- Maha Y, McDonald M, Walker R. The management and outcome of occluded hemodialysis access. NZMJ 2002;115:1-5.
- NFK-K/DOQI clinical practice guidelines and clinical practice recommendations: 2006 updates. Am. J. Kid. Dis. 2006;48:S1-322.
- Daeihagh P, Jordan J, Chen J, et al. Efficacy of tissue plasminogen activator administration on patency of hemodialysis access catheters. Am. J. Kidney Dis. 2000;36:75-9.
- Beathard G. Catheter thrombosis. Seminars in Dialysis. 2001;14:441-5.
- Clase CM, Crowther MA, Ingram AJ, et al. Thrombolysis for restoration of patency to hemodialysis central venous catheters. J. Thromb. Thrombolysis 2001;11:127-36.
- Vogel P, Bansal V, Marshall MW. Thrombosed hemodialysis grafts: Lyse and wait with tissue plasminogen activator or urokinase compared to mechanical thrombolysis with the Arrow-Trerotola Percutaneous Thrombolytic Device. J. Vasc. Interv. Radiol. 2001;12:1157-65.
- Hodde LA, Sandroni S. Emergency department evaluation and management of dialysis patient complications. J. Emerg. Med. 1992;10:317-34.
- Cloonan CC, Gatrell CB, Cushner HM. Emergencies in continuous dialysis patients. Am. J. Emerg. Med. 1990;8:134-48.
- Gelfoam. Available at www.pfizer.com. Accessed April 20, 2010.
- Lew WK, Weaver FA. Clinical use of topical thrombin as a surgical hemostat. Biologics 2008;2:593-9.
- Topical Thrombin: Drug Information. April 29, 2010.
- Mannucci P, Remuzzi G, Pusineri F, et al. Deamino-8-d-arginine vasopressin shortens the bleeding time in uremia. N. Engl. J. Med. 1983;308:8-12.
- Mannucci PM. Desmopressin (DDAVP) in the treatment of bleeding disorders: The first 20 years. Blood 1997;90:2515-21.
- Lethagen S. Desmopressin (DDAVP) and hemostasis. Ann. Hematol. 1994;69:173-80.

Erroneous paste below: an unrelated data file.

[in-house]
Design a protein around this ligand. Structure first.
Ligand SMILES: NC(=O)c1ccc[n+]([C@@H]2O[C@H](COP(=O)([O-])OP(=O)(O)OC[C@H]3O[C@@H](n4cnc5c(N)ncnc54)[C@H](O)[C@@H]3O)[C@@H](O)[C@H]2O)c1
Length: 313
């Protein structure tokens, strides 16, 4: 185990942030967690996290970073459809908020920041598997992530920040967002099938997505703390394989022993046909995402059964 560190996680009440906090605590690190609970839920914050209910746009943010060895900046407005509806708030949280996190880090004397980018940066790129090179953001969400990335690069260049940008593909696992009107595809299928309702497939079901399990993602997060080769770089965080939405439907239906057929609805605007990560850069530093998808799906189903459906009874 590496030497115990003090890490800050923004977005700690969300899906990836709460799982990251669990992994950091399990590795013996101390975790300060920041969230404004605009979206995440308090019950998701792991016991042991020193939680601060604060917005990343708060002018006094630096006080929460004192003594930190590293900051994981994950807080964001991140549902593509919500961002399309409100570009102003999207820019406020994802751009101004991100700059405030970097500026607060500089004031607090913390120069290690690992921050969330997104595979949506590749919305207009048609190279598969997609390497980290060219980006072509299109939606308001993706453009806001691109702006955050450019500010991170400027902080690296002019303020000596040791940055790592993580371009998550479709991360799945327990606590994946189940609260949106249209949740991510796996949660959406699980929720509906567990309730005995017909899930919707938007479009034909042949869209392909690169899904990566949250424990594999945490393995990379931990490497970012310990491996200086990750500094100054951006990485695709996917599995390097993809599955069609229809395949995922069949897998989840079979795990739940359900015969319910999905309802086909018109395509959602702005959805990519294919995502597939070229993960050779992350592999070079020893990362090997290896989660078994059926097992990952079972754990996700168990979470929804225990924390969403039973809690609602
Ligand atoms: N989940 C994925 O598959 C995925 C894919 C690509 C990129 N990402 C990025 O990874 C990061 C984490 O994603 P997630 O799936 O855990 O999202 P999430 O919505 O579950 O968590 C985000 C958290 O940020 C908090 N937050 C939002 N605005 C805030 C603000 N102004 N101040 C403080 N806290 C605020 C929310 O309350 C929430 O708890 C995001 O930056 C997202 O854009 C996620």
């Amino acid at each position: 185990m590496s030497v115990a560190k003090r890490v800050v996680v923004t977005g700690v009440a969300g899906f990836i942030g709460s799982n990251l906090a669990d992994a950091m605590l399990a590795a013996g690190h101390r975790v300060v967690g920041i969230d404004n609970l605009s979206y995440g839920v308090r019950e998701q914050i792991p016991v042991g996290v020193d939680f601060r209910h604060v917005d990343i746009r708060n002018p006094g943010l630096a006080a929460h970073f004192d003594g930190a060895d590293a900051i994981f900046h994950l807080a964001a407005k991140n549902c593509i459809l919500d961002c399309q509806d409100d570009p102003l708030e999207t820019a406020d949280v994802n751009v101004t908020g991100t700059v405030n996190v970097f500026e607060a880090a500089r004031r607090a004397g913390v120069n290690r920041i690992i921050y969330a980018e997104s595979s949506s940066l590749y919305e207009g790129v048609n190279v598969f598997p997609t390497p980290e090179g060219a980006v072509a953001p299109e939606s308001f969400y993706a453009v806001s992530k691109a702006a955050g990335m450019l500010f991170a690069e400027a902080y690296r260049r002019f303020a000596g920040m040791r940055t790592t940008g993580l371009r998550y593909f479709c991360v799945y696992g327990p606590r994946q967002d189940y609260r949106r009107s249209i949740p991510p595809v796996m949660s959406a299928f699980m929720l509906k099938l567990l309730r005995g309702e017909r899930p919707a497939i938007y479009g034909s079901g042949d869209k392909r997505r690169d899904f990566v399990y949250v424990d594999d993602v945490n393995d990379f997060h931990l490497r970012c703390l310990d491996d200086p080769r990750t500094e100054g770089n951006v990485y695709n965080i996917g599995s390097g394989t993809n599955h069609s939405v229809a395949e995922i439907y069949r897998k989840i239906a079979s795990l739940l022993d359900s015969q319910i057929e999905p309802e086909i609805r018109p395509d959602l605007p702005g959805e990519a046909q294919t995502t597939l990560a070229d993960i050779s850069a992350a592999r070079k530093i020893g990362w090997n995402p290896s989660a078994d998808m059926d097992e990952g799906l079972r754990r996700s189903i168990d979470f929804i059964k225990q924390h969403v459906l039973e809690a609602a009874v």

- Padberg FT Jr., Calligaro KD, Sidawy AN. Complications of arteriovenous hemodialysis access: Recognition and management. J. Vasc. Surg. 2008;48(suppl 5):55S-80S.
- Bachtell N, Goodell T, Grunkemeier G, et al. Treatment of dialysis access puncture wound bleeding with chitosan dressings. Dialysis Transplant. 2006:35:1-6.
Dr. Larsen, Dr. Weathers, and Dr. Schwartzwald are emergency medicine residents at Wayne State University Department of Emergency Medicine, Sinai-Grace Hospital/Detroit Medical Center. Dr. Barton is the residency director of Sinai-Grace Hospital Emergency Medicine Residency Program, Wayne State University/Detroit Medical Center, and President-elect of the Michigan College of Emergency Physicians. Medical Editor Dr. Robert C. Solomon is an attending emergency physician at Southwest Regional Medical Center in Waynesburg, Pa., and clinical assistant professor of emergency medicine at the West Virginia School of Osteopathic Medicine.
In accordance with the Accreditation Council for Continuing Medical Education (ACCME) Standards and American College of Emergency Physicians policy, contributors and editors must disclose to the program audience the existence of significant financial interests in or relationships with manufacturers of commercial products that might have a direct interest in the subject matter. Dr. Larson, Dr. Weathers, Dr. Schwartzwald, Dr. Barton, and Dr. Solomon have disclosed that they have no significant relationships with or financial interests in any commercial companies that pertain to this educational activity.
“Focus On: Dialysis Access Emergencies” has been planned and implemented in accordance with the Essential Areas and Policies of the